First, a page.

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Rote v. Leapfrog Online Customer Acquisition, LLC

United States District Court, D. Oregon

March 3, 2017

TIMOTHY C. ROTE, Plaintiff,
v.
LEAPFROG ONLINE CUSTOMER ACQUISITION, LLC, and DOES 1 THROUGH 5, Defendants.

          FINDINGS AND RECOMMENDATION

          Honorable Paul Papak United States Magistrate Judge

         Plaintiff pro se Timothy C. Rote (a citizen of Oregon) filed this action against defendant Leapfrog Online Customer Acquisition, LLC ("Leapfrog") (a limited liability corporation organized under Delaware law and headquartered in Illinois), and five Doe defendants (each alleged to be a citizen of a state other than Oregon) on July 15, 2016. By and through his complaint, Rote alleges that at all material times he was a "secured lender" of Northwest Direct Marketing, Inc. ("NDM"), that NDM and Leapfrog were parties to an agreement pursuant to which NDM agreed to provide Leapfrog with "inbound and outbound telemarketing services" and Leapfrog agreed to pay NDM for those services, that Leapfrog breached its payment obligations to NDM, and that Rote "has foreclosed on the Accounts Receivable of NDM for the purpose of collecting said receivables and paying the secured lenders... their balances owed and to .return the balance for the benefit of the unsecured creditors of NDM." Arising out of the foregoing, Rote alleges Leapfrog's liability to him under Oregon law for breach of its contract with NDM, Rote seeks award of compensatory damages in the amount of $1, 080, 679.81 plus interest. It is Rote's position that this court may properly exercise diversity jurisdiction over his cause of action pursuant to 28 U.S.C. § 1332, based on the purported complete diversity of the parties and the amount in controversy.

         Now before the court is Leapfrog's motion (#12) to dismiss Rote's cause of action for lack of federal subject-matter jurisdiction. I have considered the motion and all of the pleadings and papers on file. For the reasons set forth below, Leapfrog's motion to dismiss should be granted, and Rote's action should be dismissed without prejudice for lack of subject-matter jurisdiction.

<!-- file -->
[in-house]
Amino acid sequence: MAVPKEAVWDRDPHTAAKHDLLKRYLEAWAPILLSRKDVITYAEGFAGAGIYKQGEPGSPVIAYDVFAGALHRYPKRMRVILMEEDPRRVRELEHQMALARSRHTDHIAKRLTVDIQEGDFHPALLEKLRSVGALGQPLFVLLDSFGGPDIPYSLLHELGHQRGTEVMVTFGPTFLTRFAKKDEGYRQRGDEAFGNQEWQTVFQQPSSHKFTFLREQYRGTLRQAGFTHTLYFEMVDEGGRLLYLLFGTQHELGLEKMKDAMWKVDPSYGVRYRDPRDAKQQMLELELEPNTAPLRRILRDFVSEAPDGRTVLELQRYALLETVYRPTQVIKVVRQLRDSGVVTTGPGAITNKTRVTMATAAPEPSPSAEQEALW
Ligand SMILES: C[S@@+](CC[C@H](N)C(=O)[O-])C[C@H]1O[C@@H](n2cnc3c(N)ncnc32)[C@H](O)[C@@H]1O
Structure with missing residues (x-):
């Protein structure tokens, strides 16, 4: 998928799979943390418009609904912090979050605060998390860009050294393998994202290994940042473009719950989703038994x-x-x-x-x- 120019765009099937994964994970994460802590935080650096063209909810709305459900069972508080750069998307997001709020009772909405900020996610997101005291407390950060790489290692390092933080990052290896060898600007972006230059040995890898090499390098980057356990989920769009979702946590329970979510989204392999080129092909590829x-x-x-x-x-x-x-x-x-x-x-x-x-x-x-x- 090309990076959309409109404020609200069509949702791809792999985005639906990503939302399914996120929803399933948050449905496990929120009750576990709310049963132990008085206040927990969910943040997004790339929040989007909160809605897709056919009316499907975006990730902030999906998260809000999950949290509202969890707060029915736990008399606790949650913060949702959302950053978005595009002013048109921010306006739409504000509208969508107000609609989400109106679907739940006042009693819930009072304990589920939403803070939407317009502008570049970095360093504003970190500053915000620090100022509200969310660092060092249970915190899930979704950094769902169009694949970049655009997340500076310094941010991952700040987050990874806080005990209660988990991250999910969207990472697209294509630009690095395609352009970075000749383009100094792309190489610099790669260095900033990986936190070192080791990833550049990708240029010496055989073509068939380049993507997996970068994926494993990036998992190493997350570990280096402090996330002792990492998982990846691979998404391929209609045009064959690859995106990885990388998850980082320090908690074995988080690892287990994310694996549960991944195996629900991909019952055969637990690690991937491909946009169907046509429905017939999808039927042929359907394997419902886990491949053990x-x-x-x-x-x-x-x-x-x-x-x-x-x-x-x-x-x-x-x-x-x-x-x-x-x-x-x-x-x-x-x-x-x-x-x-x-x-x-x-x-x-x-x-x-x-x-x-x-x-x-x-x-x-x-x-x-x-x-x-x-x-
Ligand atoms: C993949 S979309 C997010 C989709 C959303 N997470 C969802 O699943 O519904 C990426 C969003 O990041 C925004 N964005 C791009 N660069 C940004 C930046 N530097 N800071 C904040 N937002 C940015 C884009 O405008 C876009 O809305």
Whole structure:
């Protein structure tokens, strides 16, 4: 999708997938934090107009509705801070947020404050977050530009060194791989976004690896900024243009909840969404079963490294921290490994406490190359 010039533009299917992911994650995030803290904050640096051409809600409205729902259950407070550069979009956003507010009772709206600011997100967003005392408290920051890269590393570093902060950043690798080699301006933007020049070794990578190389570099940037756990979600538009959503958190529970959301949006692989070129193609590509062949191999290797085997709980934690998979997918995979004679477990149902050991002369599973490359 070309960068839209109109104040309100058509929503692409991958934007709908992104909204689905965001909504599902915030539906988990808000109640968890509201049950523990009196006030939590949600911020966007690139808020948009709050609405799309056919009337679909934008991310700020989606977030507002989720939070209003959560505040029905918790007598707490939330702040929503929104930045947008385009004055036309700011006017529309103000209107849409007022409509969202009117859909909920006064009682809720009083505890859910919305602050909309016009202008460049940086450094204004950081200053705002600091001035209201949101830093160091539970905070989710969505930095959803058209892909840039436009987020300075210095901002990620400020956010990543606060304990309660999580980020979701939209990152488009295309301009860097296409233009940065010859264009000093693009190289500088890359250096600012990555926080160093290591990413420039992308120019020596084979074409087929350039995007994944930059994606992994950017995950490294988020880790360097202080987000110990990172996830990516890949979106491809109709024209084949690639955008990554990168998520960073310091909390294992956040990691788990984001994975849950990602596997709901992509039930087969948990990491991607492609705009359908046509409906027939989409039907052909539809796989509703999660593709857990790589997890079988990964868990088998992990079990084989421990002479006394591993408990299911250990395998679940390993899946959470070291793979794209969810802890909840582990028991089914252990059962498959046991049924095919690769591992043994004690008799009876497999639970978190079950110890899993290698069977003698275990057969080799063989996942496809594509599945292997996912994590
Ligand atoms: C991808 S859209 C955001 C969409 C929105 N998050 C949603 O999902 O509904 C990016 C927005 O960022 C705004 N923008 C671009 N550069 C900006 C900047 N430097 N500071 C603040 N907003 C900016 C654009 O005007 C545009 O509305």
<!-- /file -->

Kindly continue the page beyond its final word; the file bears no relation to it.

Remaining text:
LEGAL STANDARD

         The federal courts are courts of limited jurisdiction. See, e.g., Exxon Mobil Corp. v. Allapattah Servs., 545 U.S. 546, 552 (2005), citing Kokkonen v. Guardian Life Ins. Co. of America, 511 U.S. 375, 377 (1994). As such, the courts presume that causes of action "lie[] outside this limited jurisdiction, and the burden of establishing the contrary rests upon the party asserting jurisdiction." Kokkonen, 511 U.S. at 377; see also, e.g., Vacek v. United States Postal Serv., 447 F.3d 1248, 1250 (9th Cir. 2006).

         A motion under Federal Civil Procedure Rule 12(b)(1) to dismiss for lack of subject-matter jurisdiction may be either "facial" or "factual." See Safe Air v. Meyer, 373 F.3d 1035, 1039 (9th Cir. 2004), citing White v. Lee, 227 F.3d 1214, 1242 (9th Cir. 2000). In a facial attack on subject-matter jurisdiction, the moving party asserts that a plaintiffs allegations are insufficient on their face to invoke federal jurisdiction, whereas in a factual attack, the moving party disputes the factual allegations that, if true, would give rise to subject-matter jurisdiction. Where a defendant raises a facial challenge to subject-matter jurisdiction, the factual allegations of the complaint are presumed to be true, and the motion may be granted only if the plaintiff fails to allege an element necessary for subject matter jurisdiction. See Savage v. Glendale Union High Sck, 343 F.3d 1036, 1039 n.l (9th Cir. 2003). By contrast, where a defendant raises a factual challenge to federal jurisdiction, "the district court may review evidence beyond the complaint without converting the motion to dismiss into a motion for summary judgment, " Safe Air v. Meyer, 373 F.3d at 1039, citing Savage, 343 F.3d at 1040 n.2, and "need not presume the truthfulness of the plaintiffs allegations, " id, citing White, 227 F.3d at 1242.